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No. 137 - April 01-04-2012

‘Children and schoolteacher, stomp round the maypole,

Do not forget how to unwind the ribbons.’

From ‘Festival’ by Patricia Beer

 

REPORT FROM THE PARISH COUNCIL

         The Parish Council now has only one vacancy following the co-option of Lee Lethaby and Steve Hill of Mill Park.   If you would like to be considered to fill this vacancy, please contact the Clerk, Sue Squire, on [01598] 710526 or e-mail her on susan.squire@virgin.net.

         The Active Villages project is gaining momentum with involvement from the School and Manor Hall Committee.

         Commemorative Diamond Jubilee Mugs will be presented to children under the age of 16 years on the 2nd June 2012.   Parents and carers of eligible children are invited to give their names to the Clerk, as above.

         Ahead of the March meeting, more than a couple of dozen parishioners met to discuss plans for celebrating the Queen’s Diamond Jubilee and a Committee was formed.   A donation of £200 will be made by the Parish Council to help towards the cost of the planned events.

         Brief questionnaires will be circulated around the village regarding Parish Plans which will give all residents the opportunity to have their say.

         Tenders for cleaning the public toilets are invited and details are available from the Clerk, as above.

         The April meeting of the Parish Council will be preceded by the Annual Parish Meeting.

 

ST. PETER’S CHURCH

         A reminder that Sung Eucharist is now on the 2nd and 4th Sundays in the month, with a Village Service on the 1st and Songs of Praise on the 3rd, all starting at 11.00 a.m. When there is a 5th Sunday in the month, a joint service will be held in one of the churches in the North Devon Coast Team. 

         On the 29th January a Team Service took place here in Berrynarbor.   It was a very uplifting service with over 60 present and was led by Rector Chris with Vicar Yvonne, Revd. George and Reader Chris James all taking part.   Afterwards a bring-and-share lunch was enjoyed in the Manor Hall and farewells said to Chris James and his wife June.   The next Team Service will be on the 29th April in Lynmouth.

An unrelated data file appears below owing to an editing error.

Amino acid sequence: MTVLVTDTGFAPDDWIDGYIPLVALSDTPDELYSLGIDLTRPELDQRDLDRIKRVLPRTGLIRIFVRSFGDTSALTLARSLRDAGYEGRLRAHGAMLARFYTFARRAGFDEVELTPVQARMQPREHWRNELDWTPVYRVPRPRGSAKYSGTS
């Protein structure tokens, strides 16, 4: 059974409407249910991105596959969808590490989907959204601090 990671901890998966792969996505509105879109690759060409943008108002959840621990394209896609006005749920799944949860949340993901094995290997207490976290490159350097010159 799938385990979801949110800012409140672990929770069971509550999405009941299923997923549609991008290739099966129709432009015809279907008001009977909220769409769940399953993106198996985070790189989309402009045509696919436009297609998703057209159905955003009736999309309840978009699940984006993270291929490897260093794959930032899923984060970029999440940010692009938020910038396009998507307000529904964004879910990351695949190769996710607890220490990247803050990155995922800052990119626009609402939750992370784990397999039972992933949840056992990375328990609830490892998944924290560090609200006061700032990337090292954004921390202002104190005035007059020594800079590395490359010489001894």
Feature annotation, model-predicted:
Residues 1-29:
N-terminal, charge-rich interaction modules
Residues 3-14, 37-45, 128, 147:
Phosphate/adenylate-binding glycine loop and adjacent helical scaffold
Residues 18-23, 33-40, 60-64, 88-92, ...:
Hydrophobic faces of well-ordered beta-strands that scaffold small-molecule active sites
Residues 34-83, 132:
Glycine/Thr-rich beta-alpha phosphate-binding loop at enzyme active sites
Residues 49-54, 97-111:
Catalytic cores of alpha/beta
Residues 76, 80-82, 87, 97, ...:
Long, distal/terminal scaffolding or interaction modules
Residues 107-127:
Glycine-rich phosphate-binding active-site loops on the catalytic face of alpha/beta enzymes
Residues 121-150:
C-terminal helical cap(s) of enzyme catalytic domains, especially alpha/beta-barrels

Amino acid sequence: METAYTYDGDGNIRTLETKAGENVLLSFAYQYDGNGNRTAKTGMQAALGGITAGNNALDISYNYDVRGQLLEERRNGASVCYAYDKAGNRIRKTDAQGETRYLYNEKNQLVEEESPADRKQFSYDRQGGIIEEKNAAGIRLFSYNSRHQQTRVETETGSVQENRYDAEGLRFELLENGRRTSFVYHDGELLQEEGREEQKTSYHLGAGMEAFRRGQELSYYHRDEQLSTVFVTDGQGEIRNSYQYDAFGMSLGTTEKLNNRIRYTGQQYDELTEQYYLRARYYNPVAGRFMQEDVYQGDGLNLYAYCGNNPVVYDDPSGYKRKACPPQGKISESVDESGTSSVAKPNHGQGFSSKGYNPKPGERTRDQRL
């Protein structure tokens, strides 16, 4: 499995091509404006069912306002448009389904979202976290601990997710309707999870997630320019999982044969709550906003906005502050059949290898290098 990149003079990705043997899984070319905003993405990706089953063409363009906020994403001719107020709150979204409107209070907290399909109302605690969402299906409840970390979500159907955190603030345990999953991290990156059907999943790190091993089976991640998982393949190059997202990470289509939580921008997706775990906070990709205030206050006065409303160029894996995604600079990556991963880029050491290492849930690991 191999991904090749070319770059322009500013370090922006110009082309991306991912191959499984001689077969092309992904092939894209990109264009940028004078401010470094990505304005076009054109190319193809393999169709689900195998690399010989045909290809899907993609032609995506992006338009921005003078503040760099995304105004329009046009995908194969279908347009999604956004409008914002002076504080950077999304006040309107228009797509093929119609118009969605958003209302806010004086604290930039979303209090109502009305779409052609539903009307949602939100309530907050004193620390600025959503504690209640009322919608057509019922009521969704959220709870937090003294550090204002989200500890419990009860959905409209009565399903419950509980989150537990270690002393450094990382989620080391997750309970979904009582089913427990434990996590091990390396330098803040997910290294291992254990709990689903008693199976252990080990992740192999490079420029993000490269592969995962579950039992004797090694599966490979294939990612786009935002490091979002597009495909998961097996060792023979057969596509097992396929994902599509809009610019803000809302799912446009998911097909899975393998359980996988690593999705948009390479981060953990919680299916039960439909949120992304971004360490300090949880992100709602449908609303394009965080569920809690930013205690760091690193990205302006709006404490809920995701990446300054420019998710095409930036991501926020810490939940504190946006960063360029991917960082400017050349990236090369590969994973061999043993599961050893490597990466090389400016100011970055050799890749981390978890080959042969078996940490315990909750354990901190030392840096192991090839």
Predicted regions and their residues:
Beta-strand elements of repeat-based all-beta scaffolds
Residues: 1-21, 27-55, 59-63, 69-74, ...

April will start with a special service on Sunday 1st.   It will be Palm Sunday and will be celebrated with rousing hymns and the distribution of palm crosses.   In the afternoon at 4.00 p.m. there will be a Confirmation Service in Combe Martin church to which everyone is invited to come along and support the candidates from all over the Shirwell Deanery.

         The church will be decorated for Easter from late Friday and donations towards the cost of flowers will be most welcome.   Please give to Sue Neale [Tel: 883893].

         During Lent, tins of food are being collected to be given to the Freedom Centre in Barnstaple. Please hand in by Easter – there will be a box at the back of the church on Sundays.   Continuing with charity giving, Christian Aid week begins on 13th May and envelopes will be delivered round the village.   If you are out at the time, please return your envelope to the Community Shop.               Eastertide will end with Ascension Day on Thursday, 17th May and Pentecost [Whit Sunday] will be celebrated with Holy Communion on Sunday,

27th May at 11.00 a.m.